The most inspiring portion of the Complete Streets Conference was the keynote speaker, Janette Sadik-Khan, transportation commissioner of New York City. Khan was appointed by Mayor Bloomberg in 2007 and has implemented drastic changes throughout the city including closing streets to vehicular traffic for pedestrian plazas, implementing a vast network of buffered bike lanes, and generally redesigning the conception of the street as a human-based place of transaction.
Something often overlooked in planning are the things we take for granted: our already built environment. Progressive street ideologues challenge us to expand our thinking, asking us to revisit the most basic design elements: dimensions and scale. Our world exists in its current form to adhere to the way we live, but as we change, our streets can change as well. This touches on a theme from my thesis, that much of our roads are built to the dimensions of a past era with no design consideration as to how they are used today. Something Janette Sadik-Khan emphasized repeatedly was that if a business didn’t change the way they were doing business over the course of 60 years, they would fail, and this is the same for cities. Adjusting laws as well as the built environment (stop signs, lights) for today is one of the first steps towards building cities that will continue to thrive into the next decades.
In order to undertake great changes though, one needs to have public support. Sadik-Khan’s knowledge and experience in corralling public support was inspirational. To implement NYC’s complete streets measures she had an arsenal of tricks that ranged the gamut of technical wonkishness to PR glitter. In addition to having the support of the Mayor and a leadership directive to end departmental infighting, she stressed the importance of city agencies creating an accessible narrative and telling a story in order to obtain support for change. Her constituent-based approach focused on human perception and identity. City changes are branded towards the individual, such as designing midblock crossings based in desire lines, focusing on wayfinding needs, and creating a system of “heads up mapping.” The PR campaigns used in NYC are sophisticated and enticing- you know they spend a lot of money on this branding and that the effort has paid off.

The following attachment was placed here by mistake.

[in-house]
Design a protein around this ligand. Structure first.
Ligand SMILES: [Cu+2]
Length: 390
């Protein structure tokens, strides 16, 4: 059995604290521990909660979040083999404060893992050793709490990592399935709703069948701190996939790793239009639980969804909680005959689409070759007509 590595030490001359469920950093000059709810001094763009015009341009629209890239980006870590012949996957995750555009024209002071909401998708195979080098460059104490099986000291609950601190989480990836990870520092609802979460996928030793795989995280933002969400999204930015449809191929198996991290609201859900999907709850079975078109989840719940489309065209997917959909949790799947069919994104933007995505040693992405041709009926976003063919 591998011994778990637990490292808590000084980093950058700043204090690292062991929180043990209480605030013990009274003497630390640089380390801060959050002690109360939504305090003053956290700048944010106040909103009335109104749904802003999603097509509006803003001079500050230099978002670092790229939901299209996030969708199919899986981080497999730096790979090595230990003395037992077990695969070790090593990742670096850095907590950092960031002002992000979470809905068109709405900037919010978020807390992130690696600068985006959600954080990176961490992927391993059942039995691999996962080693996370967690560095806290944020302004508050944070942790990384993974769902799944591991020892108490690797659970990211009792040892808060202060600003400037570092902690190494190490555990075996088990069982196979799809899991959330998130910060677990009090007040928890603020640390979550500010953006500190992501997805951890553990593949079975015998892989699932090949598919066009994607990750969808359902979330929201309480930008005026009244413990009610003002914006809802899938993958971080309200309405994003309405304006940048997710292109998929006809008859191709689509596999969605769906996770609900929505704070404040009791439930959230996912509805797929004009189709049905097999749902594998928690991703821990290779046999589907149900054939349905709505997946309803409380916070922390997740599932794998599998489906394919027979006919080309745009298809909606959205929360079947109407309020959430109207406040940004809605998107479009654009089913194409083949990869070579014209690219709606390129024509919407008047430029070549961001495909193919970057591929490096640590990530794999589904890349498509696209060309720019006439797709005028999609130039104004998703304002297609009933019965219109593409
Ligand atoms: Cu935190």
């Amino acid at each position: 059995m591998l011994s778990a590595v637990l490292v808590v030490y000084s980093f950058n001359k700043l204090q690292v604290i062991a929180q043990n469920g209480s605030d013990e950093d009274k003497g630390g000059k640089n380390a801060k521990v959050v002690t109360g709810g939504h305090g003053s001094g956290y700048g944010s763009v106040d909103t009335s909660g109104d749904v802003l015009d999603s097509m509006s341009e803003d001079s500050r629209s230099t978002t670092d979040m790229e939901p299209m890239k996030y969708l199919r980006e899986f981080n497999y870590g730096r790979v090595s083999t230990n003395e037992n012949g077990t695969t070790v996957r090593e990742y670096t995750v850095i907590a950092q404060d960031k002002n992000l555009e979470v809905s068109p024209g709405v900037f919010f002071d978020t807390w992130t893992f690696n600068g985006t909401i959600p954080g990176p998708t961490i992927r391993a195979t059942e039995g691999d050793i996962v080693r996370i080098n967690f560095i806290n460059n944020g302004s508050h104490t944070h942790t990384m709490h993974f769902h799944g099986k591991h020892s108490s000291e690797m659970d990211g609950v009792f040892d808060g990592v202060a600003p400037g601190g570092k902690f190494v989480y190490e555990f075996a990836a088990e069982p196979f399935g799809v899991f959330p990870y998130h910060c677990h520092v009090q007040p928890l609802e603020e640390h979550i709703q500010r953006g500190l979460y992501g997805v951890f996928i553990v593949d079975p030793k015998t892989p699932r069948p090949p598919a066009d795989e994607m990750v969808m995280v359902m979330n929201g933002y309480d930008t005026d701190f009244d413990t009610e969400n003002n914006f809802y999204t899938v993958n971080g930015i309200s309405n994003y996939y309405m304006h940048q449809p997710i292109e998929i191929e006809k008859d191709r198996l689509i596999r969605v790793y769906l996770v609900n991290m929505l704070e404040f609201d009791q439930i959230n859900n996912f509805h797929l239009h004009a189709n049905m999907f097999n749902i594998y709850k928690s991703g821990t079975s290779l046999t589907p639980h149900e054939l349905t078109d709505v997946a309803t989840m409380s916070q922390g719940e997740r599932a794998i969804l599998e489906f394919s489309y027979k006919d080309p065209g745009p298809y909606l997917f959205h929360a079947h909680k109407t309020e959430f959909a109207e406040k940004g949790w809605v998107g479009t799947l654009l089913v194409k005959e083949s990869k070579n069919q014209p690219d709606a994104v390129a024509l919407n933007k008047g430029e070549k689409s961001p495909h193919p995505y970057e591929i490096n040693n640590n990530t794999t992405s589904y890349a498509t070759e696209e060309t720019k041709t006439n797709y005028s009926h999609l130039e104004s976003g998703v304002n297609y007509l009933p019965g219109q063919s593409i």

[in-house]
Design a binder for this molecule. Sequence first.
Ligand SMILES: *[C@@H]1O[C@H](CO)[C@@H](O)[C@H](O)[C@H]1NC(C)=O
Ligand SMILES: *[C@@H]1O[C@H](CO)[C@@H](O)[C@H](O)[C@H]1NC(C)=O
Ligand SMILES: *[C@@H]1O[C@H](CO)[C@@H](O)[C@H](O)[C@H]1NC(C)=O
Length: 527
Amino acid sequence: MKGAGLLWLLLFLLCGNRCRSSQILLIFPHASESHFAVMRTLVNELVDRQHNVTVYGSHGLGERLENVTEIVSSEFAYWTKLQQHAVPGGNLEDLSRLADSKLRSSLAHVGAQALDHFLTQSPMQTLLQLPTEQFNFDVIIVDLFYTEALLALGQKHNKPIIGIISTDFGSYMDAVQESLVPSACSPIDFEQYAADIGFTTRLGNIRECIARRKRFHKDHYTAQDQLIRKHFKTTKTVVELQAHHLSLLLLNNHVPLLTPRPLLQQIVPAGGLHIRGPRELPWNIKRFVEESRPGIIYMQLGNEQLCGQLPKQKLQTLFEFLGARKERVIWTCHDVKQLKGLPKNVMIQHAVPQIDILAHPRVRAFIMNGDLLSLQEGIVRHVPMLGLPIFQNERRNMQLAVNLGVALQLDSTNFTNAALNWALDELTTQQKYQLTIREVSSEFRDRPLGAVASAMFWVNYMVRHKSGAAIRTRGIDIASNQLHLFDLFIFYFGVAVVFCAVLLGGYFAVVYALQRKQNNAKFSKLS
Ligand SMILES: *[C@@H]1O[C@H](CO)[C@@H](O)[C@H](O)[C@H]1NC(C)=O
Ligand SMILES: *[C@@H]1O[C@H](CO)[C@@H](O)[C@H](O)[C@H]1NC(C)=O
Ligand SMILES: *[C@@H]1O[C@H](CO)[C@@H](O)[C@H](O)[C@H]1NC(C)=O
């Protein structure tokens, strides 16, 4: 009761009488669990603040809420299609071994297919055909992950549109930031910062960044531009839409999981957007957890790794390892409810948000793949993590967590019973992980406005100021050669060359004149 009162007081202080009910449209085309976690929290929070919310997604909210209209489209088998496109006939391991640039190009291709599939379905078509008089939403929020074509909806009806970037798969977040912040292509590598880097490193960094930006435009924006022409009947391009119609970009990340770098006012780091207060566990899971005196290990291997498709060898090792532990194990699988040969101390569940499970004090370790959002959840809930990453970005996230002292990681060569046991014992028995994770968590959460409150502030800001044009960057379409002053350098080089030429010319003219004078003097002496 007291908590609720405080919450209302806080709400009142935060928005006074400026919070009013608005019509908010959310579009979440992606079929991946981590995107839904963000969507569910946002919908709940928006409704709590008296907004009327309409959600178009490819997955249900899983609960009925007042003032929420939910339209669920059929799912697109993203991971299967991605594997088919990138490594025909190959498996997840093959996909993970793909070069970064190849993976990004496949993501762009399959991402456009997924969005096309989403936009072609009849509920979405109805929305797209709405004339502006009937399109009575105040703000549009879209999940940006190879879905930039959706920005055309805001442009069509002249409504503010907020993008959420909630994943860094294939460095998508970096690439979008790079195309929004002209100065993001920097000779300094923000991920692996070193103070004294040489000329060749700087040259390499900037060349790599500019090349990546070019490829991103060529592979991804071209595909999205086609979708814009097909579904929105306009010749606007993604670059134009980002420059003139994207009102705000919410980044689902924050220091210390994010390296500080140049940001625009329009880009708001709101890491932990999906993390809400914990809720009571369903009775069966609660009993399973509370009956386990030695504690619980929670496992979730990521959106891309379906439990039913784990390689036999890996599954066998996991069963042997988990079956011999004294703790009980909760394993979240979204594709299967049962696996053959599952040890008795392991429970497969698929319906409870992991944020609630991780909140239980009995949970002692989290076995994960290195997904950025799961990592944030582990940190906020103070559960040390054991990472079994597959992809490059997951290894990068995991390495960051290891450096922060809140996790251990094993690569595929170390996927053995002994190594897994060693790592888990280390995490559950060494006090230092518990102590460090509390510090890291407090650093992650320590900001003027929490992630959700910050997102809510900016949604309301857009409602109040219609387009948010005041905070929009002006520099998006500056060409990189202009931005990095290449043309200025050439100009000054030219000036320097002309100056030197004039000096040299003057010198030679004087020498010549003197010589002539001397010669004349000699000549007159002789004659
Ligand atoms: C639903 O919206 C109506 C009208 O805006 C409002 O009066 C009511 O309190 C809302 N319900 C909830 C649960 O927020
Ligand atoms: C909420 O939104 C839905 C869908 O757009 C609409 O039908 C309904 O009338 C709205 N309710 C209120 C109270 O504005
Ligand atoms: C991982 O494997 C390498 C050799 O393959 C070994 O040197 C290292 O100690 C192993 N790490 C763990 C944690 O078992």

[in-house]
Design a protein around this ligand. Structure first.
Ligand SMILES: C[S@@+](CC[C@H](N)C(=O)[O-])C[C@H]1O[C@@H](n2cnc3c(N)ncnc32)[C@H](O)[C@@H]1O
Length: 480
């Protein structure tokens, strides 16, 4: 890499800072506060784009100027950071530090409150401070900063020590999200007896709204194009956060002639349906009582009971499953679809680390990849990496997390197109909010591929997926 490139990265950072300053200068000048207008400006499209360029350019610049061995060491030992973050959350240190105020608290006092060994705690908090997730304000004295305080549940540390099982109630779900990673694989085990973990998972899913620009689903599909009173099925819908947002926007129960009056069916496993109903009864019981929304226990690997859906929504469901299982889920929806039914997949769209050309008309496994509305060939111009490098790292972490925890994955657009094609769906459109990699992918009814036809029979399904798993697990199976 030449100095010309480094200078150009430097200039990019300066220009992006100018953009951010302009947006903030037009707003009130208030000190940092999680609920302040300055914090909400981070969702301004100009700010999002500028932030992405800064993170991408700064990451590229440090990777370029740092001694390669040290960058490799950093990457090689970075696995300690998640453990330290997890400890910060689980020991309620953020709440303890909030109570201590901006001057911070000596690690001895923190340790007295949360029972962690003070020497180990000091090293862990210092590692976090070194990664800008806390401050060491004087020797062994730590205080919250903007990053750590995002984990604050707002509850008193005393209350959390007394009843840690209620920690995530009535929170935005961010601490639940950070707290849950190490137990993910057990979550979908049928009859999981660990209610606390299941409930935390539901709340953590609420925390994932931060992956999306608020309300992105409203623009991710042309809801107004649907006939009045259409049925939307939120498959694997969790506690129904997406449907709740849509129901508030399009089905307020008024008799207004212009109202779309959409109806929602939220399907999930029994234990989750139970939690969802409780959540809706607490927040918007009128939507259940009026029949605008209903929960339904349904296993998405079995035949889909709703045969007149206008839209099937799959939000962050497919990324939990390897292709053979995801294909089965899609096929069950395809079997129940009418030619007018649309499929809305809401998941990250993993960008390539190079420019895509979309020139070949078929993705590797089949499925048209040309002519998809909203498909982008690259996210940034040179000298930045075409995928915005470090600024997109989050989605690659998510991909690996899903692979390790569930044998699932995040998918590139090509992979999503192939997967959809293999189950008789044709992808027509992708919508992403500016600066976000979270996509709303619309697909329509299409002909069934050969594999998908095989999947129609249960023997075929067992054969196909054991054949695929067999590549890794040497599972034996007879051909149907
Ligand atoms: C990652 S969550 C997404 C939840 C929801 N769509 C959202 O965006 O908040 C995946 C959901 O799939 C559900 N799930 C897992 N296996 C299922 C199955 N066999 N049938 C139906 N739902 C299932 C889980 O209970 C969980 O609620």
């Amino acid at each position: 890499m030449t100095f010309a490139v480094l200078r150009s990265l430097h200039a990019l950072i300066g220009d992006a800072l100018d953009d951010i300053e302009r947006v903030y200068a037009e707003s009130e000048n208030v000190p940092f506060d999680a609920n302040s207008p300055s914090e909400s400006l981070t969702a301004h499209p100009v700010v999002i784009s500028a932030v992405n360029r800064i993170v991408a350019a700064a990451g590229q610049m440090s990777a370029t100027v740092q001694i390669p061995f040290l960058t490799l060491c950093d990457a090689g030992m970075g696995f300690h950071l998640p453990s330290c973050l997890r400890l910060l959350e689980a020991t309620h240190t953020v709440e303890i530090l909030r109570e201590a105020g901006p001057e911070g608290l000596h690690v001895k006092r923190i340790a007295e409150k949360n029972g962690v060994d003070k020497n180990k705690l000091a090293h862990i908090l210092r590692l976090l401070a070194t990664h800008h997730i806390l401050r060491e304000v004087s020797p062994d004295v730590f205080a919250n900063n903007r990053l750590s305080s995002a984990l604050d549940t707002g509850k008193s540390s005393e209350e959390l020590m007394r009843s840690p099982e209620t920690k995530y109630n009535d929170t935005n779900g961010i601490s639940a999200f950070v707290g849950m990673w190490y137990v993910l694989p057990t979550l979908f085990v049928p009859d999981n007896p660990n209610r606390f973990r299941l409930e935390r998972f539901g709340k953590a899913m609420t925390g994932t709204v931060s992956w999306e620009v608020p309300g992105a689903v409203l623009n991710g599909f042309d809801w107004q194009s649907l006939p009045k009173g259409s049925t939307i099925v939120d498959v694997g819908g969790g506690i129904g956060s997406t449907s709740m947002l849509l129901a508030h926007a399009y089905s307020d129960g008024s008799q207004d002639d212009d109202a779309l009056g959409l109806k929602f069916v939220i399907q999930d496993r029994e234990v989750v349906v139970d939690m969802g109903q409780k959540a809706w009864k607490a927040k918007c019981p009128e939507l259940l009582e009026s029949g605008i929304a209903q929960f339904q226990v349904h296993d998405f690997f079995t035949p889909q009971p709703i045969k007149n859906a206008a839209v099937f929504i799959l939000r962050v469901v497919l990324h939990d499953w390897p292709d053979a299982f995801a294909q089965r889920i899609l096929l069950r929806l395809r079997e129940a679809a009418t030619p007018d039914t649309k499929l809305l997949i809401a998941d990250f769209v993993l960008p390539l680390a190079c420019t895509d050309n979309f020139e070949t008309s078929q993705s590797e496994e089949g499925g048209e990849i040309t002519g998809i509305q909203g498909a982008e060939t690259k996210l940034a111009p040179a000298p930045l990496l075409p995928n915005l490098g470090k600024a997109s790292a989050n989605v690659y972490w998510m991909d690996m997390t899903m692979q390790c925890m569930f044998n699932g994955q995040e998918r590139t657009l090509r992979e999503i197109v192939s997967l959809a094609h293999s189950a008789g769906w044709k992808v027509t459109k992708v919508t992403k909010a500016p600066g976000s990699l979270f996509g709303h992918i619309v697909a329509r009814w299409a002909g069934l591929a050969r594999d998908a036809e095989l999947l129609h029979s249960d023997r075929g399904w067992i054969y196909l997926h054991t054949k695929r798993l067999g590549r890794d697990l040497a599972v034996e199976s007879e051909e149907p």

The most interesting part of New York’s efforts is that the city does not view these street strategies as transportation, but as “hard core economic development.” Sadik-Khan cited that on 1st and 2nd Aves, where they had applied a buffered bike lane and streetscape improvements, businesses experienced 40% less vacancy. These improvements are at the forefront of getting people back on the streets, using public space as a catalyst for culture and economy. This re-humanization of a city through streets proves that pedestrians need not be subordinate to engineering for cars. Though it is easy for New Yorkers to talk about a world without cars, the perspective of a people-basis for transportation planning has traction anywhere because of its ability to stimulate economic development. New York provides a glimpse for everyone else into the future: environments engineered towards people.